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Sunday, July 22, 2012

Production of Wine from Grapes & Estimation of Percentage of Alcohol, Total Acidity, Volatile Acidity in wine

The making of wine involves the fermentation of soluble sugar of juices of grapes into carbon dioxide and ethanol. After grapes are harvested they are crushed to produce a raw juice or "must", a highly acidic liquid containing 10 - 25% sugar by weight. The mixed yeast flora on the grapes can serve as the inoculum for the fermentation or the true wine yeast, Saccharomyces cervisae. Must from both the red & white wine grape is white & results in white wine. Since the colour of red grapes is in the skin, and red wine are made by fermentation. Following fermentation, new wine must be clarified, aged and stabilized to produce a satisfactory final product. These process require months & for high quality red wine even years.During the first year, many wines undergoes a second spontaneous fermentation, malo-lactic acid fermentation which can be caused by a variety of lactic acid bacteria. This fermentation converts malic acid to lactic acid & CO2. thus converting a dicarboxylic acid to monocarboxylic acid, hereby reducing the acidity of wine.

The different types of the wine are:
  1. Fortified Wine
  2. Sparking Wine
  3. Champagne
  4. Dry Wine

Wine Production : Procedure
  1. Clean the grapes by the removing stems & wash under tap water.
  2. Grapes are then soaked in 5% NaCl solution and then washed with distilled water.
  3. 250 grams of grapes are then weighed and crushed into pulp in a blender along with 25g of sugar and 200ml of water and transferred into a brown bottle.
  4. 4-5 granules of yeast granules are re-suspended in water and added to the grape extract as inoculum.
  5. The bottle is then tightly covered and incubated overnight at room temperature.
  6. The remaining grapes are then crushed along with 50g of sugar & 300ml of water. This is taken in a 200ml bottle fitted with a one-holed cork.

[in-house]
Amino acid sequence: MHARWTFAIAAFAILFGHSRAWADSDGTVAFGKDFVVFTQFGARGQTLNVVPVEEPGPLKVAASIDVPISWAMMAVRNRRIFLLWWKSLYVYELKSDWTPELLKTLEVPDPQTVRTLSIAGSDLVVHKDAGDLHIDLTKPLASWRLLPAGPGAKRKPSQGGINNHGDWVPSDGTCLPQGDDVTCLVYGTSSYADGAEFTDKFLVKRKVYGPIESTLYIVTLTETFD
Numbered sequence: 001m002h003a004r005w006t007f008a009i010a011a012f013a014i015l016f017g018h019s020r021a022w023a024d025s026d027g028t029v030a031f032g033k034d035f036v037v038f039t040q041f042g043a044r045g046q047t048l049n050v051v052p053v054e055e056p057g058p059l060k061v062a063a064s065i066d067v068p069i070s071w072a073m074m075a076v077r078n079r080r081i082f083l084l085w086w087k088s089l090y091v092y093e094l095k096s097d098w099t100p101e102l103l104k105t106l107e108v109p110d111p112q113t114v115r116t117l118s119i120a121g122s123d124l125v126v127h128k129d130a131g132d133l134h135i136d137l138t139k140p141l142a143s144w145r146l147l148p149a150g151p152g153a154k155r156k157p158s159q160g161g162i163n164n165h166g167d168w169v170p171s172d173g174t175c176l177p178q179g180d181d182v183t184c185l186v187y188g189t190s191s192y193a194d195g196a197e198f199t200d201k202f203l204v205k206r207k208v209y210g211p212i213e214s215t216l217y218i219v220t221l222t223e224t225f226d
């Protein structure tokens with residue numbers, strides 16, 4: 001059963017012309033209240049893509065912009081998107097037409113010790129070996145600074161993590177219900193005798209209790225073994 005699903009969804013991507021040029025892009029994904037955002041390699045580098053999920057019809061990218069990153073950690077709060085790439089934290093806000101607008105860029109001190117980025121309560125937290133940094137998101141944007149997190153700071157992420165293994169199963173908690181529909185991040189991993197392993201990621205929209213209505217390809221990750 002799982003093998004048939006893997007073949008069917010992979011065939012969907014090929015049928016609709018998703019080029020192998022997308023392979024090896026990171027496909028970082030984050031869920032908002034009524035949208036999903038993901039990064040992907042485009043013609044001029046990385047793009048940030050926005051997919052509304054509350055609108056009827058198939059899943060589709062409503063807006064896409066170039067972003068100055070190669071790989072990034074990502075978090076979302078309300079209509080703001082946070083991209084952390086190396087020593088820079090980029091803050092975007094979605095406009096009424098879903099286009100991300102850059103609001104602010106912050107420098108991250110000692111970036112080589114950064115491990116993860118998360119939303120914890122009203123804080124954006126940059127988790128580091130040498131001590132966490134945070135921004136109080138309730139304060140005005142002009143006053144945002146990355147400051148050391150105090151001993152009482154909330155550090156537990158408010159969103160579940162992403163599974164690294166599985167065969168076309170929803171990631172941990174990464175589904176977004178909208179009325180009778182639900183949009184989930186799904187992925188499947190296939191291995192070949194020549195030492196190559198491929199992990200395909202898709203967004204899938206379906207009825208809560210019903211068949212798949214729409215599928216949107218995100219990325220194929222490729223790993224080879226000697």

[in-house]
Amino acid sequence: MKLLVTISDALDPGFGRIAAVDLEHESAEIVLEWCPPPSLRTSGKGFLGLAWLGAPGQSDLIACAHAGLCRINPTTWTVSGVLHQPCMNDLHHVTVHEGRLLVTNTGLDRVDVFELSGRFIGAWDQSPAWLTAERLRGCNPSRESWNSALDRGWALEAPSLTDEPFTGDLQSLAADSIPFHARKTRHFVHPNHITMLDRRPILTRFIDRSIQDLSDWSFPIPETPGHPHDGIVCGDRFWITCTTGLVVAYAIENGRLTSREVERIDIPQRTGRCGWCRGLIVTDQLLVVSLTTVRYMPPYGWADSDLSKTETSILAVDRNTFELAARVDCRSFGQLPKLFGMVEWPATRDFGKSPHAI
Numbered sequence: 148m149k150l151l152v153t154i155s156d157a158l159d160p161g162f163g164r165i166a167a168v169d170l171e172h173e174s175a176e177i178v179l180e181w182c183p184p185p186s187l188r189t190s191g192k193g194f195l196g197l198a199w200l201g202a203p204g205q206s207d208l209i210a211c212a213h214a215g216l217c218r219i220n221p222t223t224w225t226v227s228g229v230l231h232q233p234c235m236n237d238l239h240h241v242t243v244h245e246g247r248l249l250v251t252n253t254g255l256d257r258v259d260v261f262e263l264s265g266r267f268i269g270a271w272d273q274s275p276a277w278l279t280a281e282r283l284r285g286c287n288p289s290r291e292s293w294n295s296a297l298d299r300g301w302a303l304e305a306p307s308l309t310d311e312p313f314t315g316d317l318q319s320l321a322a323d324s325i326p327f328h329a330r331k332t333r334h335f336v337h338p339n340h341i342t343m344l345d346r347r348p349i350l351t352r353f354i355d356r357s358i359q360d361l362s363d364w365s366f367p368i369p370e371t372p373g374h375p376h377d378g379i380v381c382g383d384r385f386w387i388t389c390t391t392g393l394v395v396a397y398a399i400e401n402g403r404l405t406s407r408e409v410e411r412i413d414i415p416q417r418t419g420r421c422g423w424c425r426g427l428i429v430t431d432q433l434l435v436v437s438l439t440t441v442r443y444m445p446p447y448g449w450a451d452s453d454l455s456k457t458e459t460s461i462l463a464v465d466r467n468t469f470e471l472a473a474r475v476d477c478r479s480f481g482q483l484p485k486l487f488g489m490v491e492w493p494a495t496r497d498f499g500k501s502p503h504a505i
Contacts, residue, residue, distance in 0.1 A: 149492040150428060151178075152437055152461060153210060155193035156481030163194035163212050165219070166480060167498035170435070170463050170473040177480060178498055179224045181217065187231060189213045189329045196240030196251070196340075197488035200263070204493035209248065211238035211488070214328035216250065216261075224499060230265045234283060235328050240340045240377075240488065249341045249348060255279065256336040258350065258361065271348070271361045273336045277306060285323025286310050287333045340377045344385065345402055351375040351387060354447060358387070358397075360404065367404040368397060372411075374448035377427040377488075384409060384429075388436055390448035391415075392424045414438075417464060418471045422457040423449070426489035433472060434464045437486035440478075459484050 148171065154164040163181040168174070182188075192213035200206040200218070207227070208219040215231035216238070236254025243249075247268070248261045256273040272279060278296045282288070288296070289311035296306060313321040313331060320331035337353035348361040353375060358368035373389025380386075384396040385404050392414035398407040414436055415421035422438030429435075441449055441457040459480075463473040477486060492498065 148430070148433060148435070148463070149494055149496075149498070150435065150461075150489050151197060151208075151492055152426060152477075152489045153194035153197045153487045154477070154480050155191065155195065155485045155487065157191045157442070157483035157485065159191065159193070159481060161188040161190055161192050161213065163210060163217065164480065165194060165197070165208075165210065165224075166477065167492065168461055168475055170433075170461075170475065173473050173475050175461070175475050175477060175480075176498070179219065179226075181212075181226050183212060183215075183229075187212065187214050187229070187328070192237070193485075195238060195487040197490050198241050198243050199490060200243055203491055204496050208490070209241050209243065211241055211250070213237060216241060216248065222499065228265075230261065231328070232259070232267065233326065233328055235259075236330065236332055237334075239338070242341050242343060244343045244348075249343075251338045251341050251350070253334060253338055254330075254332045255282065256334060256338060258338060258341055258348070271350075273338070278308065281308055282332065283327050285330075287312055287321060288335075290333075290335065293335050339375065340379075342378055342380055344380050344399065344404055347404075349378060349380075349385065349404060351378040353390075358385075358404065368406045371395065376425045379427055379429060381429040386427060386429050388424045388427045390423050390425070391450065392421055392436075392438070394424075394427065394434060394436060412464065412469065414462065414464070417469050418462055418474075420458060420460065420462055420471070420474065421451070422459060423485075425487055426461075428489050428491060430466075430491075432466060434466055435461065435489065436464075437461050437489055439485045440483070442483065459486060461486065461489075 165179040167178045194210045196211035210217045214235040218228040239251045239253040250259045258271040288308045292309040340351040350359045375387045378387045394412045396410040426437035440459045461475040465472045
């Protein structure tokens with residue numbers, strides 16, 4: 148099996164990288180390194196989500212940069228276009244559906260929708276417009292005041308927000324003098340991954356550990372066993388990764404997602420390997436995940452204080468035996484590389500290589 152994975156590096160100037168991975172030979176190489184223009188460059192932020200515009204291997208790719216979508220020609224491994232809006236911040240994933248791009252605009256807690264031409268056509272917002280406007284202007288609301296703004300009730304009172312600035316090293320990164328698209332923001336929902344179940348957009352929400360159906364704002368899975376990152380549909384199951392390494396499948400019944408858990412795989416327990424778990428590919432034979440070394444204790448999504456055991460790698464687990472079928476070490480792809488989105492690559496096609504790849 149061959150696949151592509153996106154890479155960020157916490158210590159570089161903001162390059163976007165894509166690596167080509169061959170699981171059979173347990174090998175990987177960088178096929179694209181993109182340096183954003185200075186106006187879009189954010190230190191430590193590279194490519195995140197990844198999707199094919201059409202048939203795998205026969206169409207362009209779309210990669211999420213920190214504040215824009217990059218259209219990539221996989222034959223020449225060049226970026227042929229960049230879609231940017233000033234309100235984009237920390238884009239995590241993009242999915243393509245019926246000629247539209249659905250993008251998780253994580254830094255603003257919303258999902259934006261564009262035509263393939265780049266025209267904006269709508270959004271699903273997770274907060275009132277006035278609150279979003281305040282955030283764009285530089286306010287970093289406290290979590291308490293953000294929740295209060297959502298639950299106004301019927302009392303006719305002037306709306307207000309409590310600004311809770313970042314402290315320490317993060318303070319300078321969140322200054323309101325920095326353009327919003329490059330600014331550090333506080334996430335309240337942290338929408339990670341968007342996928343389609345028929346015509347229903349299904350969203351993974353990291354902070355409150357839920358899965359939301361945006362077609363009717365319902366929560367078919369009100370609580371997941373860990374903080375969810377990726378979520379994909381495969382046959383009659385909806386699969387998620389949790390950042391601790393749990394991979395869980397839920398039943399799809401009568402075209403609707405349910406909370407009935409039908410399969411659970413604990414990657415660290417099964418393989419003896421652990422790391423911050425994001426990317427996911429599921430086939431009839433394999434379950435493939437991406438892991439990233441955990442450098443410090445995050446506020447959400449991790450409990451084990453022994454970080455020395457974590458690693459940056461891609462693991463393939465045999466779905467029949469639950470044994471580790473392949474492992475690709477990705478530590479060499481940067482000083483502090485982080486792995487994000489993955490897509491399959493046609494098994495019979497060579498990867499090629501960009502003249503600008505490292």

7. A pinch of potassium meta bi-sulphite is added to this & the inoculum is transferred.
  8. The contents are mixed well & a bent glass tube is inserted into one holed cork.Little water is added to the glass tube to serve as air trap.
  9. The contents are mixed are mixed well & incubated for 7 days.
  10. Presence of air bubble in the glass tube indicative of fermentation.

White Wine Making - Image Source

Estimation of percentage of Alcohol, Total Acidity & Volatile Acidity 

Specific gravity is the density (weight per unit volume) of a substance divided by the density of water. A specific gravity of 1.05 indicates that the substance is 5% heavier than equal volume of water.

Variation with temperature: The densities of water & wort vary with temperature. when using specific gravity, reference temperatures for the wort sample and water must be specified along with the value of specific gravity.

Specific Gravity bottle  - Image Source


  1. The specific gravity bottle is cleaned and dried, its weight (W1) is noted.
  2. The bottle is filled with alcohol and the weight of bottle + alcohol is noted (W2).
  3. Wash and dry the bottle, the fill it with distilled water, weigh of bottle + distilled water is noted (W3)
Specific Gravity of Alcohol =  ( (W2 - W1) / (W3 - W1 ) ) * Density of Water

W2 - W1 -  GIves the weight of alcohol
W3 - W1 - Gives the weight of water

Estimation of Totall Acidity & Volatile Acidity

Acids are very important structural components of wine. if a wine is too low in acid., it tastes flat & dull. if a wine is too high in acid, it tastes too tart and sour. so maintaining proper acid content is important as it has impact on the taste of wine.

Total Acidity

The total acidity (TA) of wine is measured assuming all the acid present in it is tartaric acid. This allows one to determine a value for the total acidity, ie, content. A high TA of 10% most people would find this level of acidity too tart  & Sour for consumption.A low TA result in flat tasting of wine.
The principle acids found in grapes are tartaric acid, potassium hydrogen tartarate, malic acid and potassium hydrogen malate.

Volatile Acidity
Both tartaric and malic acids are non-volatile which means that they don't evaporate or boil off when the wine is heated. This is to be distinguished from volatile acidity (VA) in wine that represents acetic acid. Acetic acid does boil off and high VA is undesirable in wine.A VA of 0.3 - 0.6 % is produced during fermentation and is considered as normal level.

  1. 10ml of alcohol is taken in a conical flask.
  2. 10 ml of distilled water is added to this along with few drops of Phenolphthalein as indicator.
  3. This solution is titrated against 0.1N NaOH taken in burette.
  4. The end point is determined by change in colour from dark green to permanent pink.
  5. The titration is repeated to get concordant values.

Total Acidity Estimation / Calculation 

Total Acidity can be calculated from the following formula:

Total Acidity  = (Volume of Alkali added * Normality of Alkali * 7.5) / Weight of the sample

Volatile Acidity Estimation / Calculation

Volatile Acidity(Volume of Alkali added * Normality of Alkali * 6) / Weight of the sample

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